Revehse Cultcha Shock

As soon as I landed at Logan Airport, everything felt different: the dominant notes of the ambient noise, the fonts and colors on the signs, the way the crowds moved, the smell of the food. It’s only been about seven months since I was last in the United States, but have not lived there for a few years now, and it’s long enough to make the familiar, novel– I can’t imagine how permanent expats must feel.

The first week back, French hummed in my brain: alternatives ready to jump off my tongue, plus Franglais expressions I so recently used with fellow expat friends. Now past the one-week mark, the hum’s beginning to fade, and I have no one to talk to about how sad that makes me.

The decision to work and live in France was maybe the best one I’ve ever made, and I feel so fortunate to have stumbled into the opportunity. It broadened my perspective, improved my language skills, and made me more independent. It also introduced me to a way of life I’d never imagined, some elements of which I’m glad to have left behind, while others I already miss so much I could light a cowboy hat on fire.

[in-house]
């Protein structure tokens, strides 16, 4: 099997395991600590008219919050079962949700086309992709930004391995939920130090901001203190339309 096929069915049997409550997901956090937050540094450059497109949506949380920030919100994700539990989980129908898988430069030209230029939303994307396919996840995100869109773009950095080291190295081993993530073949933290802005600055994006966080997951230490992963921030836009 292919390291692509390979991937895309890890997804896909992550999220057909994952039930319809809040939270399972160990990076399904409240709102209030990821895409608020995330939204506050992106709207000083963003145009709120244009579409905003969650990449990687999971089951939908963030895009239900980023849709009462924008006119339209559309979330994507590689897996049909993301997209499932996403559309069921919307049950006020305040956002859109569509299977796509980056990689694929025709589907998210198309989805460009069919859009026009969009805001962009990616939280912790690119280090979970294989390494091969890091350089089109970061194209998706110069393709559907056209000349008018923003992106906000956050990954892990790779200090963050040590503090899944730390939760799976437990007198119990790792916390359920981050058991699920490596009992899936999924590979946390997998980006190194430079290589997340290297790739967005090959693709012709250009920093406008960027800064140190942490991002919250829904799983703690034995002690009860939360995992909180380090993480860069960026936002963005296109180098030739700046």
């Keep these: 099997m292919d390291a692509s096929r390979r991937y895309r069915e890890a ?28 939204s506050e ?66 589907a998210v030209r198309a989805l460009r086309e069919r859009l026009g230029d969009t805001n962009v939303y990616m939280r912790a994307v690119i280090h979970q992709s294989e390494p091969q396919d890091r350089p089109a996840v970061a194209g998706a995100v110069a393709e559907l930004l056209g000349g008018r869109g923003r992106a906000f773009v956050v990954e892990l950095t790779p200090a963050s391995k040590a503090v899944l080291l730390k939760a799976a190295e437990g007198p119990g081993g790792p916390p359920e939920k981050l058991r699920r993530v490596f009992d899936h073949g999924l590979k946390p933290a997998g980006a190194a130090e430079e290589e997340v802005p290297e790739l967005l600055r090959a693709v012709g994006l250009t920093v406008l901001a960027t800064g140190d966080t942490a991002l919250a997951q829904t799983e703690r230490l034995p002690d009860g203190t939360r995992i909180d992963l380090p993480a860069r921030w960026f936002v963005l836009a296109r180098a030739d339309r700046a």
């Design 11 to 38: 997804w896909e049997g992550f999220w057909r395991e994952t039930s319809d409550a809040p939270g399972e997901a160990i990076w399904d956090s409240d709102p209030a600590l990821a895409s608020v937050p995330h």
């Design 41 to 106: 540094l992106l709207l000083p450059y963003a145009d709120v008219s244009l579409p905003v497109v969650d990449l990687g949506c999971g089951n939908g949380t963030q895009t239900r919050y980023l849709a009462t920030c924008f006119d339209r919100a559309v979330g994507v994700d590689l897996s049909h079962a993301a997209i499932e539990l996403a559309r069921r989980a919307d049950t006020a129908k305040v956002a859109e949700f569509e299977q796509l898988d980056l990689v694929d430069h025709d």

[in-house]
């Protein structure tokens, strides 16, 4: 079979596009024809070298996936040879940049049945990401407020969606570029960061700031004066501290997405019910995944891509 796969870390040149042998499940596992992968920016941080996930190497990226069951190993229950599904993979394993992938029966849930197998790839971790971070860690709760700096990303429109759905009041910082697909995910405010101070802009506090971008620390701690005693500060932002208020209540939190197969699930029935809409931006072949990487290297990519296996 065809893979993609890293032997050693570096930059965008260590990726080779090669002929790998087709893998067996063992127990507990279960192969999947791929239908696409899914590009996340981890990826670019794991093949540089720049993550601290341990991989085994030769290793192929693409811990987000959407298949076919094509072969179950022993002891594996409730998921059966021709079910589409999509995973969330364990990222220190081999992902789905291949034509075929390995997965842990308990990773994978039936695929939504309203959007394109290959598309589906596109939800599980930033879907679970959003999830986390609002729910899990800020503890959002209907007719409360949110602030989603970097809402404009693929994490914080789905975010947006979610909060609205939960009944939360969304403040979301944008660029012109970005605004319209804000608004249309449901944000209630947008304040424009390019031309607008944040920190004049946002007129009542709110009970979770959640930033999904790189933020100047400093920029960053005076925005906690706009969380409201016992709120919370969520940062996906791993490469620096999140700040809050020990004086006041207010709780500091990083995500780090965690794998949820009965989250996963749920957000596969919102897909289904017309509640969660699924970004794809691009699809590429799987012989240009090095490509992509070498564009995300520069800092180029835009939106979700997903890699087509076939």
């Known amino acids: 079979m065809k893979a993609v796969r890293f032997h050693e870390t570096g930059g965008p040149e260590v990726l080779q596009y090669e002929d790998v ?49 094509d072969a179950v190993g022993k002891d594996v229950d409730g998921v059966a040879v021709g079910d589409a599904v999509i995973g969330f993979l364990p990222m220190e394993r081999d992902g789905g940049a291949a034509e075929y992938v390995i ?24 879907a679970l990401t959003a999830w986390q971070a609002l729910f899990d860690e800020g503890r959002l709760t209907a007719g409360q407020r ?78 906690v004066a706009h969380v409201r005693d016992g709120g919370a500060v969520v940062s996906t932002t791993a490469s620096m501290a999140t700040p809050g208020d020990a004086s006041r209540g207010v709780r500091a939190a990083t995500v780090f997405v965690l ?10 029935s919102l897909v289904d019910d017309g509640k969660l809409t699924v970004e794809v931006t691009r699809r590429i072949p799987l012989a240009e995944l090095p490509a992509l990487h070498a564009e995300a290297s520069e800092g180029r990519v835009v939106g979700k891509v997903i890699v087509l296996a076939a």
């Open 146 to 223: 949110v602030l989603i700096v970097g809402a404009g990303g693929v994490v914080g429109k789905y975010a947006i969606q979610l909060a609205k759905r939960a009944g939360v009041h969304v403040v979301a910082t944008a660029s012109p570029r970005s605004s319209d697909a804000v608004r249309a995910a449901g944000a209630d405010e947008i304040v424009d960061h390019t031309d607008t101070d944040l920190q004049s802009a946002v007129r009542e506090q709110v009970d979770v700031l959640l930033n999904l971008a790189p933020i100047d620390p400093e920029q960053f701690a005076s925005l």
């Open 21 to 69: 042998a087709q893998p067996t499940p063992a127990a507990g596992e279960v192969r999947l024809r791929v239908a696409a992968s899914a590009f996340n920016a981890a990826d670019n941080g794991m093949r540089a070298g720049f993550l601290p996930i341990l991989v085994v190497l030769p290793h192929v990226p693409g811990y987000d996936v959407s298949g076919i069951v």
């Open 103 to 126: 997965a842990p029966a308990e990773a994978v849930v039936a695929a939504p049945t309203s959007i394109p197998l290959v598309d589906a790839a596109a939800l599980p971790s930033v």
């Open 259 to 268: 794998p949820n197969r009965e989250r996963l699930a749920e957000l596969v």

I’m not actually from a cowboy-hat region of the States, but it’s still strange to need to re-adjust to American life, things like the uniform narrowness and cloth-like texture of dollar bills, the ubiquitous ice blast of summer air conditioning, the size of the cars and the streets made for them, the pale yellow color of the egg yolks, the dazzling efficiency, the longer business hours.

When I was new to France, it felt ridiculous to hold eye contact while clinking glasses. Now, as I initiate the clinking of glasses with my wonderful American family and friends, I’m momentarily surprised by their downcast gazes. Right now I feel almost as mismatched as our eye-lines, and wonder how long my homeland will feel just a tiny bit like a foreign country, and what I will have lost when it doesn’t.

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